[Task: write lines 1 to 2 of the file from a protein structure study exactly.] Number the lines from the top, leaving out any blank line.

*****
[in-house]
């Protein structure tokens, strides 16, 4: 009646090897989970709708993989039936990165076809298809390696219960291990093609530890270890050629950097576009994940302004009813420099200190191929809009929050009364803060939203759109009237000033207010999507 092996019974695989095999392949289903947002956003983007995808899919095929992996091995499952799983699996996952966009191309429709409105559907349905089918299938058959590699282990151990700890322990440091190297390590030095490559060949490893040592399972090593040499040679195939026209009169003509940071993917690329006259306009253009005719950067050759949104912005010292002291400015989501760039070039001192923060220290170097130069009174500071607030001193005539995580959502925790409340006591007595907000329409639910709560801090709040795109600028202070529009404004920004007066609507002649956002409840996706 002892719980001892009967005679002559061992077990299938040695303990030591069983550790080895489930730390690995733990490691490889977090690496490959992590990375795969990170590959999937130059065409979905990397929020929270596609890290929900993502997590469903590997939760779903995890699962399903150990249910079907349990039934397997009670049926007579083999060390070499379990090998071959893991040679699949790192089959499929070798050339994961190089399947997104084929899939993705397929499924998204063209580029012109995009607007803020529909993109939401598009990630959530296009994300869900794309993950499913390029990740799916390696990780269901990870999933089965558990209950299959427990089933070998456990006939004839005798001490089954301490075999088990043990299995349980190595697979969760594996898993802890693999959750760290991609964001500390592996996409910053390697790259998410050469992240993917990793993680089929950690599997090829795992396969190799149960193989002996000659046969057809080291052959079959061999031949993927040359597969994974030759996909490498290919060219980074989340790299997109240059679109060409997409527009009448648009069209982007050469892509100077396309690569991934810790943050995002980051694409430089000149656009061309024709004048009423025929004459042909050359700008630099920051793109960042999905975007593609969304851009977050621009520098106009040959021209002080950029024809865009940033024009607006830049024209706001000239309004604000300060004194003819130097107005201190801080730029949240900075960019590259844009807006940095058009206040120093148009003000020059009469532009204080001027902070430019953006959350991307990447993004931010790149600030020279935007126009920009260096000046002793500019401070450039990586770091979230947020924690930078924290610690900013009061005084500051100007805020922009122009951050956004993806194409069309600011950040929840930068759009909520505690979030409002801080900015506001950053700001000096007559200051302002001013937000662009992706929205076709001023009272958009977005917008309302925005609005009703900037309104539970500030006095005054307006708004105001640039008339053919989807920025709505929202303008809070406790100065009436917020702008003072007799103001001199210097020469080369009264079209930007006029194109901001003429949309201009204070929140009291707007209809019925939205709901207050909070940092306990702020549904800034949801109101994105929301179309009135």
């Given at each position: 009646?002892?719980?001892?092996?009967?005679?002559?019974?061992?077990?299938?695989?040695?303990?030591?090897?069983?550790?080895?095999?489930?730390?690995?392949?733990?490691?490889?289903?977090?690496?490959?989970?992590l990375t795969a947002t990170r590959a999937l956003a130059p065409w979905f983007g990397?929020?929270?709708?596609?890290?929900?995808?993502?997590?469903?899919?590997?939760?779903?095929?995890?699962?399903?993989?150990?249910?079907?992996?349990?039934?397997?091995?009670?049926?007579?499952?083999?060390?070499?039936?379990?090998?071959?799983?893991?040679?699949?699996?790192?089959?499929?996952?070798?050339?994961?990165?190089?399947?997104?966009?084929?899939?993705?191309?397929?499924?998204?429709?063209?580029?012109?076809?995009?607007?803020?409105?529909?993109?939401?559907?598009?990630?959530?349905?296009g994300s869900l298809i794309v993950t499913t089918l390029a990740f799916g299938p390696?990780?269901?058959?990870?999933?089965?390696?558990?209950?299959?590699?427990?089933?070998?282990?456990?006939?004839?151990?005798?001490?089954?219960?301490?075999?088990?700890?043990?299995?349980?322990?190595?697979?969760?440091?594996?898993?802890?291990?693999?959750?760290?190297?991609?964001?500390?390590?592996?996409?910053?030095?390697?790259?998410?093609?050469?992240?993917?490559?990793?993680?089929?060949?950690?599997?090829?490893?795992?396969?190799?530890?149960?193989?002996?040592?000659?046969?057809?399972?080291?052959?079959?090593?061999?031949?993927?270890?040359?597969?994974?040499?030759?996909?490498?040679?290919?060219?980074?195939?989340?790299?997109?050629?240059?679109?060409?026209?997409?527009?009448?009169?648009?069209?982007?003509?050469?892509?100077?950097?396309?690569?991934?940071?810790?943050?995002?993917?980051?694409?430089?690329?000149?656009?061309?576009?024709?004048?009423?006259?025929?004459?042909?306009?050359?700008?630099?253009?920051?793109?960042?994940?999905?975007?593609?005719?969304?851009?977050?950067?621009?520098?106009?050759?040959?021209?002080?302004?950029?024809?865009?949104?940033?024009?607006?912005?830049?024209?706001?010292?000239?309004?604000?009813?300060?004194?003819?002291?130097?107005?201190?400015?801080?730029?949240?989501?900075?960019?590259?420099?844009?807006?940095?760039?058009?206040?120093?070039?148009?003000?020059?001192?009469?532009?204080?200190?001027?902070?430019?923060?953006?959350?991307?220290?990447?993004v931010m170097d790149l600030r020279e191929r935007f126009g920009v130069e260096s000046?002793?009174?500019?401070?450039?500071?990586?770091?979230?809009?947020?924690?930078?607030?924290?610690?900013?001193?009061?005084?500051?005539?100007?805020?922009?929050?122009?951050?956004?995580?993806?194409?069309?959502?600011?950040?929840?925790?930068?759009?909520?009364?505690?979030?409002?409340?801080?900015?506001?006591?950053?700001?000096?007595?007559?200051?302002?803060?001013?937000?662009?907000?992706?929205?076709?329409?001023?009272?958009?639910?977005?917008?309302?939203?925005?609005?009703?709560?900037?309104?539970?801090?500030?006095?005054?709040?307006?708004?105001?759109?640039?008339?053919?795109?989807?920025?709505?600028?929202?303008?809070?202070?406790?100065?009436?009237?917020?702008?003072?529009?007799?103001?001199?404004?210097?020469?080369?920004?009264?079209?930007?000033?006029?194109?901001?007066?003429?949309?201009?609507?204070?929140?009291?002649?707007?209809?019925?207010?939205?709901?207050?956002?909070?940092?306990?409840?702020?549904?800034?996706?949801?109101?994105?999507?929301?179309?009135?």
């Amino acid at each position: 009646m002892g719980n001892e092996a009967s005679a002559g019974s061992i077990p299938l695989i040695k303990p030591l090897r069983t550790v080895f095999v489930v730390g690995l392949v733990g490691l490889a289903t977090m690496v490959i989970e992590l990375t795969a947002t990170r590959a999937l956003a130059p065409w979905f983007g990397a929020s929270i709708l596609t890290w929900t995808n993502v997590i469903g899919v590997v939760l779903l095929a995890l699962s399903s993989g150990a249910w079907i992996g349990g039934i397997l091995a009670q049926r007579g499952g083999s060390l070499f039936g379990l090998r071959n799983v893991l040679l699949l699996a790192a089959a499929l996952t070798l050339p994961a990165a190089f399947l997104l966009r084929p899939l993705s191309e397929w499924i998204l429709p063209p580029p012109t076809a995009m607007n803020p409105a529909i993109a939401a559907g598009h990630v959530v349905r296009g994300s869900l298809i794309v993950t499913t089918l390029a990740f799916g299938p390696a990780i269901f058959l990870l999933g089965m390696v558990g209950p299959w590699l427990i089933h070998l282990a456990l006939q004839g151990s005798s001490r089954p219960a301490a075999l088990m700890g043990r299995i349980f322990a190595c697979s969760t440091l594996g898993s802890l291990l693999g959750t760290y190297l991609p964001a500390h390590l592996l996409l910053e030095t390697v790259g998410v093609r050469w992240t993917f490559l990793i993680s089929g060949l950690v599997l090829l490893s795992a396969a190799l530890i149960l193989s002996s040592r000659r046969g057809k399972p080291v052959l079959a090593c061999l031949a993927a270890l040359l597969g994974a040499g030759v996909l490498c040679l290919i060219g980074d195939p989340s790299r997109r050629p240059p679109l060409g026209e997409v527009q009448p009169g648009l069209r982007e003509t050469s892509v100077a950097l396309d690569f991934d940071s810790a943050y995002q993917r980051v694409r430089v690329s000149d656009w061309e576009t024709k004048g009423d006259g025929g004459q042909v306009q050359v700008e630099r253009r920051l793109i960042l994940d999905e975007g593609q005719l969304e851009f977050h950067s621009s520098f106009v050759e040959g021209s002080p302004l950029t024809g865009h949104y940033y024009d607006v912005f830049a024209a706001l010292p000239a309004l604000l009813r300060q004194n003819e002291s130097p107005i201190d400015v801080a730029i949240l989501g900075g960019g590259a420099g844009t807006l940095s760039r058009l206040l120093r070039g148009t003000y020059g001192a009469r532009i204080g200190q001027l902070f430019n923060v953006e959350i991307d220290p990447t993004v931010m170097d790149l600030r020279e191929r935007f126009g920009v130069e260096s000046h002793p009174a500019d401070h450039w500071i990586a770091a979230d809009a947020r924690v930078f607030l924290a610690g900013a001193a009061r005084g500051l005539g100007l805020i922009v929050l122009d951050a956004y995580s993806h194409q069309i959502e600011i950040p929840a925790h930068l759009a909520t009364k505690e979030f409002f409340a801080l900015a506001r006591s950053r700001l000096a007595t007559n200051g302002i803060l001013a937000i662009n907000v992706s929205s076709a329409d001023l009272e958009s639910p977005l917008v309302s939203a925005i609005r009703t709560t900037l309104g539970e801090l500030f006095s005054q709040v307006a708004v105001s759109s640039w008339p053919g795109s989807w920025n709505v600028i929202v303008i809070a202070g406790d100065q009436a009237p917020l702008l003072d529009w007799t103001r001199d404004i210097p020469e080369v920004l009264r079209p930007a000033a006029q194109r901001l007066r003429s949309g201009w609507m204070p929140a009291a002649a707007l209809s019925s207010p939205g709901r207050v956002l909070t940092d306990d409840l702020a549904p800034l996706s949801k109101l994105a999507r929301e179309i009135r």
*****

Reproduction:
[in-house]
């Protein structure tokens, strides 16, 4: 009646090897989970709708993989039936990165076809298809390696219960291990093609530890270890050629950097576009994940302004009813420099200190191929809009929050009364803060939203759109009237000033207010999507 092996019974695989095999392949289903947002956003983007995808899919095929992996091995499952799983699996996952966009191309429709409105559907349905089918299938058959590699282990151990700890322990440091190297390590030095490559060949490893040592399972090593040499040679195939026209009169003509940071993917690329006259306009253009005719950067050759949104912005010292002291400015989501760039070039001192923060220290170097130069009174500071607030001193005539995580959502925790409340006591007595907000329409639910709560801090709040795109600028202070529009404004920004007066609507002649956002409840996706 002892719980001892009967005679002559061992077990299938040695303990030591069983550790080895489930730390690995733990490691490889977090690496490959992590990375795969990170590959999937130059065409979905990397929020929270596609890290929900993502997590469903590997939760779903995890699962399903150990249910079907349990039934397997009670049926007579083999060390070499379990090998071959893991040679699949790192089959499929070798050339994961190089399947997104084929899939993705397929499924998204063209580029012109995009607007803020529909993109939401598009990630959530296009994300869900794309993950499913390029990740799916390696990780269901990870999933089965558990209950299959427990089933070998456990006939004839005798001490089954301490075999088990043990299995349980190595697979969760594996898993802890693999959750760290991609964001500390592996996409910053390697790259998410050469992240993917990793993680089929950690599997090829795992396969190799149960193989002996000659046969057809080291052959079959061999031949993927040359597969994974030759996909490498290919060219980074989340790299997109240059679109060409997409527009009448648009069209982007050469892509100077396309690569991934810790943050995002980051694409430089000149656009061309024709004048009423025929004459042909050359700008630099920051793109960042999905975007593609969304851009977050621009520098106009040959021209002080950029024809865009940033024009607006830049024209706001000239309004604000300060004194003819130097107005201190801080730029949240900075960019590259844009807006940095058009206040120093148009003000020059009469532009204080001027902070430019953006959350991307990447993004931010790149600030020279935007126009920009260096000046002793500019401070450039990586770091979230947020924690930078924290610690900013009061005084500051100007805020922009122009951050956004993806194409069309600011950040929840930068759009909520505690979030409002801080900015506001950053700001000096007559200051302002001013937000662009992706929205076709001023009272958009977005917008309302925005609005009703900037309104539970500030006095005054307006708004105001640039008339053919989807920025709505929202303008809070406790100065009436917020702008003072007799103001001199210097020469080369009264079209930007006029194109901001003429949309201009204070929140009291707007209809019925939205709901207050909070940092306990702020549904800034949801109101994105929301179309009135």